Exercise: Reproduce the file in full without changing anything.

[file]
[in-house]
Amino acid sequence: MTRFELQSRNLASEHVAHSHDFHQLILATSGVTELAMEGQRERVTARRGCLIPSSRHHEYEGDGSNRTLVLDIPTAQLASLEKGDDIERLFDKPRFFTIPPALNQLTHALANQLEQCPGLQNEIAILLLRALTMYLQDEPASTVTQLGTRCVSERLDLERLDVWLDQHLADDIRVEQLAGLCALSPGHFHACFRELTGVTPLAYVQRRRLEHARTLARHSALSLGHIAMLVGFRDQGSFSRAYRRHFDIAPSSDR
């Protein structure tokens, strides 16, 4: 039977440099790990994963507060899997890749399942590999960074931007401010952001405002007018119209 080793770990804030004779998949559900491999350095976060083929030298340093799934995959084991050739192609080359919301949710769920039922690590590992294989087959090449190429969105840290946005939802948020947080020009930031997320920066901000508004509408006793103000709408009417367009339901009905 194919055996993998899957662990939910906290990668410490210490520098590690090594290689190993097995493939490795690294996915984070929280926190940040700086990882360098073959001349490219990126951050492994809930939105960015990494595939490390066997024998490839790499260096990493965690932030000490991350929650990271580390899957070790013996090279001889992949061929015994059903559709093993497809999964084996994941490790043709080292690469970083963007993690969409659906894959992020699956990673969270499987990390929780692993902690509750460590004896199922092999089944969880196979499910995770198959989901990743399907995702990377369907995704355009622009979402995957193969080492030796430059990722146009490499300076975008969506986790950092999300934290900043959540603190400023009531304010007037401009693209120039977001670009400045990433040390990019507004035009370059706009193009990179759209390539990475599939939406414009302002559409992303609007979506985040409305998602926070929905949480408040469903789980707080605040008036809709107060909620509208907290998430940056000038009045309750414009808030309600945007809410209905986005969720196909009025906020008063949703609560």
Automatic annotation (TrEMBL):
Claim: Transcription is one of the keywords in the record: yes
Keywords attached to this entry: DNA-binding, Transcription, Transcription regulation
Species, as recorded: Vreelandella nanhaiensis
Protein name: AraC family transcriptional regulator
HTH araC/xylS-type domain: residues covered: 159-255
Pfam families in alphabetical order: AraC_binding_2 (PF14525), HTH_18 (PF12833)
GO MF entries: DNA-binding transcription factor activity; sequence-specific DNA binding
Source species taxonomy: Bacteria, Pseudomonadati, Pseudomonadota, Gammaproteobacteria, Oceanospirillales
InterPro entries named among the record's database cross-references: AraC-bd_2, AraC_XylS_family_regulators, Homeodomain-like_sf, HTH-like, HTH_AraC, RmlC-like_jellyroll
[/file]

[in-house]
Amino acid sequence: MTRFELQSRNLASEHVAHSHDFHQLILATSGVTELAMEGQRERVTARRGCLIPSSRHHEYEGDGSNRTLVLDIPTAQLASLEKGDDIERLFDKPRFFTIPPALNQLTHALANQLEQCPGLQNEIAILLLRALTMYLQDEPASTVTQLGTRCVSERLDLERLDVWLDQHLADDIRVEQLAGLCALSPGHFHACFRELTGVTPLAYVQRRRLEHARTLARHSALSLGHIAMLVGFRDQGSFSRAYRRHFDIAPSSDR
């Protein structure tokens, strides 16, 4: 039977440099790990994963507060899997890749399942590999960074931007401010952001405002007018119209 080793770990804030004779998949559900491999350095976060083929030298340093799934995959084991050739192609080359919301949710769920039922690590590992294989087959090449190429969105840290946005939802948020947080020009930031997320920066901000508004509408006793103000709408009417367009339901009905 194919055996993998899957662990939910906290990668410490210490520098590690090594290689190993097995493939490795690294996915984070929280926190940040700086990882360098073959001349490219990126951050492994809930939105960015990494595939490390066997024998490839790499260096990493965690932030000490991350929650990271580390899957070790013996090279001889992949061929015994059903559709093993497809999964084996994941490790043709080292690469970083963007993690969409659906894959992020699956990673969270499987990390929780692993902690509750460590004896199922092999089944969880196979499910995770198959989901990743399907995702990377369907995704355009622009979402995957193969080492030796430059990722146009490499300076975008969506986790950092999300934290900043959540603190400023009531304010007037401009693209120039977001670009400045990433040390990019507004035009370059706009193009990179759209390539990475599939939406414009302002559409992303609007979506985040409305998602926070929905949480408040469903789980707080605040008036809709107060909620509208907290998430940056000038009045309750414009808030309600945007809410209905986005969720196909009025906020008063949703609560």
Automatic annotation (TrEMBL):
Claim: Transcription is one of the keywords in the record: yes
Keywords attached to this entry: DNA-binding, Transcription, Transcription regulation
Species, as recorded: Vreelandella nanhaiensis
Protein name: AraC family transcriptional regulator
HTH araC/xylS-type domain: residues covered: 159-255
Pfam families in alphabetical order: AraC_binding_2 (PF14525), HTH_18 (PF12833)
GO MF entries: DNA-binding transcription factor activity; sequence-specific DNA binding
Source species taxonomy: Bacteria, Pseudomonadati, Pseudomonadota, Gammaproteobacteria, Oceanospirillales
InterPro entries named among the record's database cross-references: AraC-bd_2, AraC_XylS_family_regulators, Homeodomain-like_sf, HTH-like, HTH_AraC, RmlC-like_jellyroll